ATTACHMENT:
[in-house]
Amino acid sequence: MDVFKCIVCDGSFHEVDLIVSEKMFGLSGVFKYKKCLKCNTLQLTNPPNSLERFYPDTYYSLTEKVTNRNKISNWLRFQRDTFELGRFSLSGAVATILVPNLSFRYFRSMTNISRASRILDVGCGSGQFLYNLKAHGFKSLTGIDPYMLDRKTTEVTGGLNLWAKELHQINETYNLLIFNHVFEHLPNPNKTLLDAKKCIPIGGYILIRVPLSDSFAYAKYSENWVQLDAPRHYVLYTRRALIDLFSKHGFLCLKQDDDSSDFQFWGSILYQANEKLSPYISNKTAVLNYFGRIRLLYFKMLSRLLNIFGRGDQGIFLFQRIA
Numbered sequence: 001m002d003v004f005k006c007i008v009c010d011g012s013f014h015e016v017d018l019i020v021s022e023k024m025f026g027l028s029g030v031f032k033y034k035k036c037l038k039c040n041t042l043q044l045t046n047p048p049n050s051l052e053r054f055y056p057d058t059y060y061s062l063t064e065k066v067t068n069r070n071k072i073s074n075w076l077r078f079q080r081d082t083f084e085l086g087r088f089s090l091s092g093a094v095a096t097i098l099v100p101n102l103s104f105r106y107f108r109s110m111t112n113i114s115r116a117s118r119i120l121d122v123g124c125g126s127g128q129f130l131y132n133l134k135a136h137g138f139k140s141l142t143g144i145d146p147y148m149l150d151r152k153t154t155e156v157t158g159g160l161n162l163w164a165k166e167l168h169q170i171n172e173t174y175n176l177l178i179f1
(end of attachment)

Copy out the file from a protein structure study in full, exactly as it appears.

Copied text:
[in-house]
Amino acid sequence: MDVFKCIVCDGSFHEVDLIVSEKMFGLSGVFKYKKCLKCNTLQLTNPPNSLERFYPDTYYSLTEKVTNRNKISNWLRFQRDTFELGRFSLSGAVATILVPNLSFRYFRSMTNISRASRILDVGCGSGQFLYNLKAHGFKSLTGIDPYMLDRKTTEVTGGLNLWAKELHQINETYNLLIFNHVFEHLPNPNKTLLDAKKCIPIGGYILIRVPLSDSFAYAKYSENWVQLDAPRHYVLYTRRALIDLFSKHGFLCLKQDDDSSDFQFWGSILYQANEKLSPYISNKTAVLNYFGRIRLLYFKMLSRLLNIFGRGDQGIFLFQRIA
Numbered sequence: 001m002d003v004f005k006c007i008v009c010d011g012s013f014h015e016v017d018l019i020v021s022e023k024m025f026g027l028s029g030v031f032k033y034k035k036c037l038k039c040n041t042l043q044l045t046n047p048p049n050s051l052e053r054f055y056p057d058t059y060y061s062l063t064e065k066v067t068n069r070n071k072i073s074n075w076l077r078f079q080r081d082t083f084e085l086g087r088f089s090l091s092g093a094v095a096t097i098l099v100p101n102l103s104f105r106y107f108r109s110m111t112n113i114s115r116a117s118r119i120l121d122v123g124c125g126s127g128q129f130l131y132n133l134k135a136h137g138f139k140s141l142t143g144i145d146p147y148m149l150d151r152k153t154t155e156v157t158g159g160l161n162l163w164a165k166e167l168h169q170i171n172e173t174y175n176l177l178i179f1